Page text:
Imagine that you are trapped in a mysterious place and you must find the way out. The clock is ticking, tension is rising… something tells you that ’this shouldn’t be so difficult’… but still, you are challenged again and again. You suddenly discover how creative you can be and how much it helps to cooperate with the others, and forget about the outside world for an hour – all there is now is the TASK, the ’HERE AND NOW’…
This feeling is what Hungarian-American Csíkszentmihályi called the ’flow’: a state of mind where you are fully immersed in what you do, not even noticing how much time has passed. While cooking, reading, dancing, fixing a car, or doing basically ANYTHING you love and which also feels challenging; and this is exactly what happens while you’re playing a game.
The history of playing is as old as the history of mankind; but where and when has this whole escape game craze started? While there are a number of theories, they all agree that live versions originate from computer games. The first game where the player was trapped in a room and had to escape was John Wilson’s 1988 text adventure: Behind Closed Doors. The term ’escape the room’ came from Mystery of Time and Space, an online adventure game created in 2001 by Jan Albartus. In 2007, REAL ESCAPE GAME was created in Japan, the first attempt to imitate the world of video games in a live setting.
In 2011, a sociology student in Budapest, Hungary, came up with the same idea while playing an escape-the-room video game. Fascinated by the theory of flow, he combined the live video game concept with his knowledge in professional team-building. The first European escape game, ParaPark opened soon, followed by many more all over Budapest and Hungary. The craze soon spread all over Europe, arriving of course in Germany and München, too. Today, escape games can be found all over the world, offering challenging, quality game-time for everyone. (The following terms are all in use and refer to the same thing: ‘exit room’, ‘escape room’, ‘exit the room’, ‘escape the room’, ‘exit game’, ‘escape game’.)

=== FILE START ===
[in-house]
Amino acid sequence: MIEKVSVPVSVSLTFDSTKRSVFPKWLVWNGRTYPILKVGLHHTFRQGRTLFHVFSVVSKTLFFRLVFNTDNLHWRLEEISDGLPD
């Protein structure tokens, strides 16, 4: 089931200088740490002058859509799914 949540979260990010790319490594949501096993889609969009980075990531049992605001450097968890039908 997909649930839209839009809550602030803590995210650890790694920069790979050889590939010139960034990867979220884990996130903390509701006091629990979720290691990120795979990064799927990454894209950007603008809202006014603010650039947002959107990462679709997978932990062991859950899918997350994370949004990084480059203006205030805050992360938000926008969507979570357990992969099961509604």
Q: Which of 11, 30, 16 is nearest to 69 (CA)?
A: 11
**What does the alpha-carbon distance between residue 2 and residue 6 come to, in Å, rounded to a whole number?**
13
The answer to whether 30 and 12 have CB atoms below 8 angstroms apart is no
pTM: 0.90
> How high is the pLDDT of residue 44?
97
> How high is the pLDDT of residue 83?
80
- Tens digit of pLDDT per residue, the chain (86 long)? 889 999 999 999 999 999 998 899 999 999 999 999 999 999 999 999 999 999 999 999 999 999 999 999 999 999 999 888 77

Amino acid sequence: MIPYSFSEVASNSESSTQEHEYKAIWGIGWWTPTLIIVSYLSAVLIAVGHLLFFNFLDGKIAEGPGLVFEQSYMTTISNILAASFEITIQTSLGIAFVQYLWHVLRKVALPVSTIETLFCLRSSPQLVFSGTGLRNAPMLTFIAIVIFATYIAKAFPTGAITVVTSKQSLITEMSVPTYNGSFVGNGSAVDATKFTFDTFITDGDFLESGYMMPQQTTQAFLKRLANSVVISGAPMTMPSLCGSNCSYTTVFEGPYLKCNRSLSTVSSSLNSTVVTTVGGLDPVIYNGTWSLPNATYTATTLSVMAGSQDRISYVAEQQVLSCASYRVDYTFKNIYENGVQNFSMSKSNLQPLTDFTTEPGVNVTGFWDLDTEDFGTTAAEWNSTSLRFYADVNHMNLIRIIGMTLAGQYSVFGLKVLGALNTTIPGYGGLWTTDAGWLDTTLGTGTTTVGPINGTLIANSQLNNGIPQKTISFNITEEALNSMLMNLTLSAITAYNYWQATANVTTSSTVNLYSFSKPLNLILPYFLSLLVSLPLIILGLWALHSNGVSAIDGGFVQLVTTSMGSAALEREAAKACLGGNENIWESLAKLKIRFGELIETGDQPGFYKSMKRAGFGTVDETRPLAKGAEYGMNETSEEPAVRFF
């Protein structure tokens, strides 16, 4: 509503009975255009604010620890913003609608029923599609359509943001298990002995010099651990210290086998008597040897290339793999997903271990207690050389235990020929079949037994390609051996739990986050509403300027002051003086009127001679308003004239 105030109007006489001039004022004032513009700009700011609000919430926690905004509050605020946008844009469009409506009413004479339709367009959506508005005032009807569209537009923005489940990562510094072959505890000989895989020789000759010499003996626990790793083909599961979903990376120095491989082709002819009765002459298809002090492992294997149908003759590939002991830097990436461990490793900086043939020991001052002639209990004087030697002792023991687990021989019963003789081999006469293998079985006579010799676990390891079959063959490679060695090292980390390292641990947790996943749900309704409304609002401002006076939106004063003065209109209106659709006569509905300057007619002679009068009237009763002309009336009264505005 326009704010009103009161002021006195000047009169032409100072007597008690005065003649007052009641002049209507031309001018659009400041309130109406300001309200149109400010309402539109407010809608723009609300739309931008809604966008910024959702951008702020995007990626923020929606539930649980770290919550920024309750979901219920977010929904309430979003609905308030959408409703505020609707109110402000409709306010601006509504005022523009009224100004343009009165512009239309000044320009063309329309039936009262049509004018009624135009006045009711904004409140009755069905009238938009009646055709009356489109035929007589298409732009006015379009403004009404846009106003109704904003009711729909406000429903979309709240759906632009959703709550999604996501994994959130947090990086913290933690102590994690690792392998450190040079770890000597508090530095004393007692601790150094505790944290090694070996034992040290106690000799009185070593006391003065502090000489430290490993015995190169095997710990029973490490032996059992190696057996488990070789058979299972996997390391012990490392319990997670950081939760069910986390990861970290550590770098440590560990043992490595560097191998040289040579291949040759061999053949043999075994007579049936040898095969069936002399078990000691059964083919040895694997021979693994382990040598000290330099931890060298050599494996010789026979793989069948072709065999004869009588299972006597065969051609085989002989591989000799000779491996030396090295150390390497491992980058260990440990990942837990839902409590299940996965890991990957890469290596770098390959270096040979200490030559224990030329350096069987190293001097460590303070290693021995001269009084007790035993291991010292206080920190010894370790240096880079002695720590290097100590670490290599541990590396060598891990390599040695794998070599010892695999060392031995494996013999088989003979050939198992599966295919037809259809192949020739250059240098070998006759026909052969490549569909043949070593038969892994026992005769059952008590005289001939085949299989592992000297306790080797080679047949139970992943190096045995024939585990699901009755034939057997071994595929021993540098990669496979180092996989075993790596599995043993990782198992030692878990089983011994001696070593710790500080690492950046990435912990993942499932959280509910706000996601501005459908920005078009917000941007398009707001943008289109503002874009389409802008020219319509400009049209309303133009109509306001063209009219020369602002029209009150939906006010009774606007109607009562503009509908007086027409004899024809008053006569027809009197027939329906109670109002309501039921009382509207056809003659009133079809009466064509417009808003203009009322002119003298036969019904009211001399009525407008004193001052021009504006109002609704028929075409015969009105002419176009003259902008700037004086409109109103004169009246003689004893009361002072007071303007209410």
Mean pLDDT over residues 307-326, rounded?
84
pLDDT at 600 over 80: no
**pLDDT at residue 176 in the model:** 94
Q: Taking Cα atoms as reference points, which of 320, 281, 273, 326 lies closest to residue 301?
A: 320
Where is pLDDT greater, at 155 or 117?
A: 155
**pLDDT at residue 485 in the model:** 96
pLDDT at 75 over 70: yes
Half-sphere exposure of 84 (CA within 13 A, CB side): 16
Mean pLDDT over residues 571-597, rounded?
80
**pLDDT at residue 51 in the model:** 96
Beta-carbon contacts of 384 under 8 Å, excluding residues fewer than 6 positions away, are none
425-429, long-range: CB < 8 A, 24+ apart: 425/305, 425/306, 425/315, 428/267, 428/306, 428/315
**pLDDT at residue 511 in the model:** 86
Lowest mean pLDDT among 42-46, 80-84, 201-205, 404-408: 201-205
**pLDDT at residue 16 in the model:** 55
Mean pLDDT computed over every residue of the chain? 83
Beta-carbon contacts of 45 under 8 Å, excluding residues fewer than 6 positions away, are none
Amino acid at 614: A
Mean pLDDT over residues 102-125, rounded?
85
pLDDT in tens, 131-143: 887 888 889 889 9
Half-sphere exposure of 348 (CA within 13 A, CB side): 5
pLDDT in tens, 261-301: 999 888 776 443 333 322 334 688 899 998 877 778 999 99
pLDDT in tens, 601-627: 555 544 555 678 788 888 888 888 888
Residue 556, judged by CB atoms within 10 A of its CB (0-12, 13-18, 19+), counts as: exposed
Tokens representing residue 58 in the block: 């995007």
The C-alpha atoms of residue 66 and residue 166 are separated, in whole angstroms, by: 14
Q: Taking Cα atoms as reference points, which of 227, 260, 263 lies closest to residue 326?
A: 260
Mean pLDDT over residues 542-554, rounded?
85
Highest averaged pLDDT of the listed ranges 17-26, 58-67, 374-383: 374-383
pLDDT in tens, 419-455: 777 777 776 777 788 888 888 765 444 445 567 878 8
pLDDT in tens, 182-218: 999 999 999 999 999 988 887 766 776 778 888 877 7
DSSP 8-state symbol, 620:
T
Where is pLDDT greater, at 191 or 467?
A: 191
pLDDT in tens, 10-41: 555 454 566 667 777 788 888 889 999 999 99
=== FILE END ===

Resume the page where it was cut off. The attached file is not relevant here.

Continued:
While failing is sometimes half the fun, if you want a head start, keep in mind the following:
- Try out all of your ideas. Sometimes the solution will be where you least expect it, sometimes it will be ‘hidden in plain sight’.
- Search everywhere: look behind, under, go back and forward between rooms and spaces.
- Communicate, communicate, communicate: cooperation is key, so share your findings with the team.
- Ask for help if you need it: it is one of the key qualities for success in any field.
- Don’t think too hard – make sure you enjoy the game. :o)